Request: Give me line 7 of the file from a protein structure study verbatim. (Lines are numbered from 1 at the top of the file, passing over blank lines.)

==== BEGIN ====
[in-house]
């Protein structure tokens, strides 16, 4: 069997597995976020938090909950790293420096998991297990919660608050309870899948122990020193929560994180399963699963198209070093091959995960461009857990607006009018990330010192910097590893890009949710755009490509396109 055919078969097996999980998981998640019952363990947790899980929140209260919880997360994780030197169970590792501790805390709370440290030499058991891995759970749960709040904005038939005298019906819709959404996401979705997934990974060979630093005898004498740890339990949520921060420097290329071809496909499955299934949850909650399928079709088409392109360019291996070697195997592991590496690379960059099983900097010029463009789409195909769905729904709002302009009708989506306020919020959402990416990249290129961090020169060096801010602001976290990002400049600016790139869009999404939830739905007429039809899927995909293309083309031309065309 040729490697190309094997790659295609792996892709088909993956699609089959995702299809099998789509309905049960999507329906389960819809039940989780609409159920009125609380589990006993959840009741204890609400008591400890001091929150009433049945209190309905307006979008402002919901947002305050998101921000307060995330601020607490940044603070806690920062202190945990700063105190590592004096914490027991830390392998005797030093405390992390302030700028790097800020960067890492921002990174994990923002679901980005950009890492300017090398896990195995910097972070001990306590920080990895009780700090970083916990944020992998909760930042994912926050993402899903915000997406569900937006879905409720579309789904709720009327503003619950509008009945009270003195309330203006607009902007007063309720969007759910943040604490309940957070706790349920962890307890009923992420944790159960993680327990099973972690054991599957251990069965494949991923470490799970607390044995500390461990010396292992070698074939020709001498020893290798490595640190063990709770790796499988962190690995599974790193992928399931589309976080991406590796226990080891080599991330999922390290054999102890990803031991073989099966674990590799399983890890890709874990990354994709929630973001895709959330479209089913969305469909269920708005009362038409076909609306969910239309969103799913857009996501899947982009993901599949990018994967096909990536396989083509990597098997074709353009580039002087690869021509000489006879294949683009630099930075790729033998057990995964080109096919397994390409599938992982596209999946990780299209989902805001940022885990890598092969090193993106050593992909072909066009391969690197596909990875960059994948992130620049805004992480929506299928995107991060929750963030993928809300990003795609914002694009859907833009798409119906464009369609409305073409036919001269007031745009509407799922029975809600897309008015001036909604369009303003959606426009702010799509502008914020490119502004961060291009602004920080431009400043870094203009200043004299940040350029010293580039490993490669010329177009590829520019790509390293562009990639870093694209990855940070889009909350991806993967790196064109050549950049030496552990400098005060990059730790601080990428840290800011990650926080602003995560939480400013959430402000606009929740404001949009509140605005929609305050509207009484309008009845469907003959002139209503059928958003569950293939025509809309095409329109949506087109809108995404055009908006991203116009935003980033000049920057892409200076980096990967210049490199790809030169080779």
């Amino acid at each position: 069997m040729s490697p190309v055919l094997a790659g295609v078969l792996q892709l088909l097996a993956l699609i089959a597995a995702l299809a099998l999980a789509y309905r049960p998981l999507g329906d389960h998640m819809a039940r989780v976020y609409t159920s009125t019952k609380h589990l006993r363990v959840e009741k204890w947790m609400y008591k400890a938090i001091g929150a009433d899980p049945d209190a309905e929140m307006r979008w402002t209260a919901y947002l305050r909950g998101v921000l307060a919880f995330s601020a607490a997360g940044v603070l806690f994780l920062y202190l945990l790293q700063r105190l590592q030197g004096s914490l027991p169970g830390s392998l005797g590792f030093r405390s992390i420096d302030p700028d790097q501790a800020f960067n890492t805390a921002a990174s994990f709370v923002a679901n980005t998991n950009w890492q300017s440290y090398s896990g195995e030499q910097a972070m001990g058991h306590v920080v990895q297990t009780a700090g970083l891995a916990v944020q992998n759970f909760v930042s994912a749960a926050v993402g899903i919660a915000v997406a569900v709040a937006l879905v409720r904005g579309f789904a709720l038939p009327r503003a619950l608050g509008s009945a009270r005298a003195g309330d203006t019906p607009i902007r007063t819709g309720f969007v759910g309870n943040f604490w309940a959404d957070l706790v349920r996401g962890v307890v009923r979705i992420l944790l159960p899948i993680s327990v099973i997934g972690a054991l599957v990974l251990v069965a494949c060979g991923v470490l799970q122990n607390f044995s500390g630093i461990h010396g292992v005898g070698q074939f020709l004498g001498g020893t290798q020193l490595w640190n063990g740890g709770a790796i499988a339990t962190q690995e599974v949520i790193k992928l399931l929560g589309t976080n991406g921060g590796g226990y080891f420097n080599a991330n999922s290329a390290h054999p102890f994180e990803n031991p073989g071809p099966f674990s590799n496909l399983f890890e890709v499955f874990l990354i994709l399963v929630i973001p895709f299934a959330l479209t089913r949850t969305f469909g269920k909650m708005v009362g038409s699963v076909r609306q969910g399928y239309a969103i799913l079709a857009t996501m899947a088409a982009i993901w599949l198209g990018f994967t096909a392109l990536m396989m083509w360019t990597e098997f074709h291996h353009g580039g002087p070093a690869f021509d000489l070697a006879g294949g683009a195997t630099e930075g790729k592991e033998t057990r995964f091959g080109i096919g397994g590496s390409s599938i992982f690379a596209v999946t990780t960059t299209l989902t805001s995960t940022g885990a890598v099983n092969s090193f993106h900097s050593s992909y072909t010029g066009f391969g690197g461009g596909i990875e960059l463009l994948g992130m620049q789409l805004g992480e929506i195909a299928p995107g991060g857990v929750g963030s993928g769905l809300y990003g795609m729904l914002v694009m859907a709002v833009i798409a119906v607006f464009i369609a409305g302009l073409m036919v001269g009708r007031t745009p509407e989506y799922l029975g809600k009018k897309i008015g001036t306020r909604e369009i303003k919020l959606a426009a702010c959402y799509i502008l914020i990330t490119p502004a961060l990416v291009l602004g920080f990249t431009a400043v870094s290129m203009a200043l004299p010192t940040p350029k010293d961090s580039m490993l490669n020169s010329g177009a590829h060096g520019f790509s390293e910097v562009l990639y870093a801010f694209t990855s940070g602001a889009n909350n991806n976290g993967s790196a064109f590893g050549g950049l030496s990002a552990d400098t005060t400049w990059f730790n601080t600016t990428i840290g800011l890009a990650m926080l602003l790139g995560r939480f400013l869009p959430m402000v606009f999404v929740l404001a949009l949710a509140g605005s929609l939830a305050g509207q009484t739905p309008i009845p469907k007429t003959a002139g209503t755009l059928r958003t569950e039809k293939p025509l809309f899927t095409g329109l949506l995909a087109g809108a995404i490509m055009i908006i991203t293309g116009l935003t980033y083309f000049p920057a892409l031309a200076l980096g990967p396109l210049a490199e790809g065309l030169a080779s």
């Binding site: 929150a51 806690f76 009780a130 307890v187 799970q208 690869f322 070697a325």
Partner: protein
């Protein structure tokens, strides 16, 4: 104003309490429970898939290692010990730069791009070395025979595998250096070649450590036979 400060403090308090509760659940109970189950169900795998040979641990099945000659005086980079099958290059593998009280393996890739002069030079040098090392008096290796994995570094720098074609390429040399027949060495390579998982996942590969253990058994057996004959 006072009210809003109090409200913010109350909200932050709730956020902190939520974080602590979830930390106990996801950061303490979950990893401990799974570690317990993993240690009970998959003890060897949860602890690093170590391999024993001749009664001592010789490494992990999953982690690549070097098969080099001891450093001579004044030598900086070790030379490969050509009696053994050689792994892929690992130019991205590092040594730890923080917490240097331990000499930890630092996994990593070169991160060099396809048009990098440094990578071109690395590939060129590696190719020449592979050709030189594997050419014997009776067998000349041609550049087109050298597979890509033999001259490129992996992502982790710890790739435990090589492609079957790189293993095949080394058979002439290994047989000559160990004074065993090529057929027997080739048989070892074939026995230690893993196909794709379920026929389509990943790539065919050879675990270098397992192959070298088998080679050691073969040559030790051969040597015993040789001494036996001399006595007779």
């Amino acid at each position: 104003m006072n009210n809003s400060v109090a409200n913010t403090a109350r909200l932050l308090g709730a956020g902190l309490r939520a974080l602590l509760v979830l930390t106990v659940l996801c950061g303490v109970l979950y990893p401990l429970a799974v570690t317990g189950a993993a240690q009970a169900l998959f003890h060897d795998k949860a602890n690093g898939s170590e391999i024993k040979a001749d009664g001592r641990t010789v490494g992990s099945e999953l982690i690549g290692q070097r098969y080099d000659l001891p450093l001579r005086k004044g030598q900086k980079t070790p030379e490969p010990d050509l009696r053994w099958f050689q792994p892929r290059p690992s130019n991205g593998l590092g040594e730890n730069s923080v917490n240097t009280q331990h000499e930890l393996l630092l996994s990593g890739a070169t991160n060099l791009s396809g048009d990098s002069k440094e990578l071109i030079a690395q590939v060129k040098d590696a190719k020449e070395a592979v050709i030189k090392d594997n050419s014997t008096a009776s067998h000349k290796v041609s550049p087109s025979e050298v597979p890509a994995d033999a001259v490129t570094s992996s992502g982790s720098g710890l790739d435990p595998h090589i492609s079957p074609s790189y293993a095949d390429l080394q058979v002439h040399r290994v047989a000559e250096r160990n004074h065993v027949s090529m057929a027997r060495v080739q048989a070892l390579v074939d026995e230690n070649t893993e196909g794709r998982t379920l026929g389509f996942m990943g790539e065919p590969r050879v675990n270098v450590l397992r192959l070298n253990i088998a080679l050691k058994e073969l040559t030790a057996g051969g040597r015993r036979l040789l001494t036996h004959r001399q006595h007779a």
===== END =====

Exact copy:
């Amino acid at each position: 104003m006072n009210n809003s400060v109090a409200n913010t403090a109350r909200l932050l308090g709730a956020g902190l309490r939520a974080l602590l509760v979830l930390t106990v659940l996801c950061g303490v109970l979950y990893p401990l429970a799974v570690t317990g189950a993993a240690q009970a169900l998959f003890h060897d795998k949860a602890n690093g898939s170590e391999i024993k040979a001749d009664g001592r641990t010789v490494g992990s099945e999953l982690i690549g290692q070097r098969y080099d000659l001891p450093l001579r005086k004044g030598q900086k980079t070790p030379e490969p010990d050509l009696r053994w099958f050689q792994p892929r290059p690992s130019n991205g593998l590092g040594e730890n730069s923080v917490n240097t009280q331990h000499e930890l393996l630092l996994s990593g890739a070169t991160n060099l791009s396809g048009d990098s002069k440094e990578l071109i030079a690395q590939v060129k040098d590696a190719k020449e070395a592979v050709i030189k090392d594997n050419s014997t008096a009776s067998h000349k290796v041609s550049p087109s025979e050298v597979p890509a994995d033999a001259v490129t570094s992996s992502g982790s720098g710890l790739d435990p595998h090589i492609s079957p074609s790189y293993a095949d390429l080394q058979v002439h040399r290994v047989a000559e250096r160990n004074h065993v027949s090529m057929a027997r060495v080739q048989a070892l390579v074939d026995e230690n070649t893993e196909g794709r998982t379920l026929g389509f996942m990943g790539e065919p590969r050879v675990n270098v450590l397992r192959l070298n253990i088998a080679l050691k058994e073969l040559t030790a057996g051969g040597r015993r036979l040789l001494t036996h004959r001399q006595h007779a």